To crate train, or not to crate train? That is the question. If you've raised a dog before, you know the immense importance of utilizing a crate for various purposes. From effectively potty training your furry companion to safeguard your home from potential destruction while you're away, the advantages are evident.
However, if you've never had a dog, especially a puppy, you might hold the misconception that confining them in a small cage is cruel or inhumane. In reality, crate training is far from barbaric; it's a compassionate approach to ensure your dog's safety, comfort, and well-being.
Dogs view their crates as a safe and comfortable place to call their own. So much so, even when you leave the door open, you’ll often find your pooch hanging out in its metal doggy den. Caninejournal.com reminds us where dogs come from. “In the wild, a dog’s den is their home, a safe space where he can sleep, retreat, and raise pups without fear of danger, without outside threat.”
Great Crate Training Tips
It’s best to introduce your pup to the crate as soon as possible. Crate training is not stress-free but there are steps you can take to make it as smooth as possible.
Stick with it
If you’ve decided to crate train, stay dedicated no matter what. When you hear your pup crying and whining, don’t give in and don’t give up. You may feel like you’re rescuing it from being sad and lonely, however, you’re not rescuing it from anything. Instead, you’re actually creating problems for you both.
With consistent training, you and your dog will learn to love the crate.
Get the right size
Dogs grow quickly. Purchase a crate with a divider so it can grow with your dog. This divider can create the perfect space for a puppy and ensure it’s not cramped as it matures. Dogster.com says, “The ideal size crate will be large enough for your dog to comfortably stand, sit, stretch, turn around, and lay down.”
Create a positive relationship with the crate
You never want to use the crate as punishment. Your dog had an accident so put it in the crate. WRONG! Your dog ate your shoe so put it in the crate. WRONG! Your dog is barking so put it in the crate. WRONG! Establishing a positive connection to the crate will make crate training a whole lot easier for everyone.
Benefits of Crate Training
A crate is an excellent tool to successfully potty train your pup. A dog’s den, as mentioned above, is a very special place and one that no dog wants to soil. You know the saying, “Don’t sh*t where you eat?” That applies here. This doesn't mean you won’t be cleaning up messes in the crate because it does happen. Your dog can only hold its bladder for so long.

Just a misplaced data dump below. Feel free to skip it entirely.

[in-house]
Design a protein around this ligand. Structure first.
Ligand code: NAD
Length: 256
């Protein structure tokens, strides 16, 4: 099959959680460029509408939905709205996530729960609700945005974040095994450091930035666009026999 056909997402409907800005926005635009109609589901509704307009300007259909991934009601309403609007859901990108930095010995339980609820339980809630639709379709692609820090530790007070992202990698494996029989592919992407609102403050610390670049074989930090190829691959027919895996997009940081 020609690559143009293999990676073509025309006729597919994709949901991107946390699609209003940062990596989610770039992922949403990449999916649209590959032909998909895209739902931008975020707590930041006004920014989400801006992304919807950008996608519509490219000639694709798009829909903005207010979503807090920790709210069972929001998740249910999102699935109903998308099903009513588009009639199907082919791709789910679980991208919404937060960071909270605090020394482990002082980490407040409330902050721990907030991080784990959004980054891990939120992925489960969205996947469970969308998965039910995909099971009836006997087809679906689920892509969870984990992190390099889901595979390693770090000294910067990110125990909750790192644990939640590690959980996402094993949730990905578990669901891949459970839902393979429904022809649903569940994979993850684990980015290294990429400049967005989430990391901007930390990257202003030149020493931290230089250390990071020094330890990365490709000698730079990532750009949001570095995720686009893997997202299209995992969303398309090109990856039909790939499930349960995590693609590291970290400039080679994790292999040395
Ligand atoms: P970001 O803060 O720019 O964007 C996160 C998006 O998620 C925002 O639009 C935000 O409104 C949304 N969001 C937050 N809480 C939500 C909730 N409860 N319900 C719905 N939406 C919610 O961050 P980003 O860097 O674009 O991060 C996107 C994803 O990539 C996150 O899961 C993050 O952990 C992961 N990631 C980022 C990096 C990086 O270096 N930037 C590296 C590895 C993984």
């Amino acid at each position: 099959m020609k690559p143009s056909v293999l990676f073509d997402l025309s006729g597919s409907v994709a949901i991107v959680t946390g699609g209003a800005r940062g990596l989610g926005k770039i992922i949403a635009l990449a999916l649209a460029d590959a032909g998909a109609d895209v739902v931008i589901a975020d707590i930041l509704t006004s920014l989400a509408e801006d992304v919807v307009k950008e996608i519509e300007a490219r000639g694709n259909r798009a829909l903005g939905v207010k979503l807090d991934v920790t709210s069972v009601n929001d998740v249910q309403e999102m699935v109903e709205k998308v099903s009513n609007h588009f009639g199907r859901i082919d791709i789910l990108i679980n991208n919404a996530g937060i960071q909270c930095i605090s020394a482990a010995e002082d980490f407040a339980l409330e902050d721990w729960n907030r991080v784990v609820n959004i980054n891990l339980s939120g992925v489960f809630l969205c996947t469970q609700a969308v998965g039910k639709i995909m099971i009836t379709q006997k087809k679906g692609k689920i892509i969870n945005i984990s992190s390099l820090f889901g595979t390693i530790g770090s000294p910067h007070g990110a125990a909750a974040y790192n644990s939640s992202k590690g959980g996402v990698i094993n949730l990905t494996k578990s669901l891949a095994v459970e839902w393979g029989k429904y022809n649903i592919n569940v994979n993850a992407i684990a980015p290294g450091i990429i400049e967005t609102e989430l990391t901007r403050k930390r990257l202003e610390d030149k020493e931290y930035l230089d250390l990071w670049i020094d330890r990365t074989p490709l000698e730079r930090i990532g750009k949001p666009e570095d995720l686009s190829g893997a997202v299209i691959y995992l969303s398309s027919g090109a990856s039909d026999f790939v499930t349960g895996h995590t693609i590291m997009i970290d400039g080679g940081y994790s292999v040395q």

Protection for everyone
Most pet owners will put their dog in a crate to ensure their house doesn’t get wrecked while they’re not home. Your items are precious to you and puppies can get into anything and everything. Exactly. It’s also about protecting your pet. If your dog accidentally found the cleaning supplies while you’re out and about, there could be horrible consequences.
A crate protects everyone and everything in the house when you can’t control the environment.
What does a crate have to do with grooming? Many groomers will put your dog in a crate before or after grooming to keep all the dogs safe. Grooming can be scary enough for dogs. Add in a crate that’s unfamiliar territory and you may have to learn how to groom your dog yourself.
Contain the Mess Outside the Crate
You already know a crate can lessen the chances of your dog having accidents while in it. A crate also teaches your dog what to do when not in the crate.
When that door opens, and you head outside, your dog will know relieving itself is the number one (or number two) priority. It will know where to go instead of choosing its own spot inside when roaming around.
If your pup’s roaming around the house and you miss an accident, you also missed the opportunity to correct the bad behavior.
When a crate’s involved, it gives you more control and helps your dog gain control of its bladder.
As your dog matures and spends less time in the crate, that trust will have already been built. No matter how old your dog is, always be consistent with potty time and praise. Using your special potty word and demonstrating positive reinforcement will keep up the routine.
This all sounds amazing, but now what? Some dogs will love their crate right away, while others will take a little longer to appreciate what it has to offer. Along with suggestions from The Humane Society of the United States, below is a list of quick tips to start you and your dog off on the right paw. (Can I get a chuckle?)
If you got your dog from a breeder, try and bring home a blanket or toy that smells like its mother, which will be soothing.
Leave the crate door open and allow your pup to explore.
Put in some treats and create an inviting environment.
Talk in a friendly voice and praise your dog when it goes inside.
If your dog is hesitant, do not push it in.
Be patient and allow time to adjust.
Establish a crate command and be consistent so your dog enters the crate on-demand.
Start slowly and practice multiple times a day.
When the door closes, give praise and remain in the room so your dog doesn’t feel scared.
Head to another room so your dog can’t see you for 10 minutes and then come back to let your dog out.
Keep repeating until your dog is comfortable, adding more time to your disappearing act.
A crate has so many benefits for dogs of all ages. It also has tremendous benefits for owners including fewer messes to clean up, better supervision, and a faster potty training process. Don’t you wish you had a crate that you could escape to? I believe that’s what you call a She Shed. I’ll take it!
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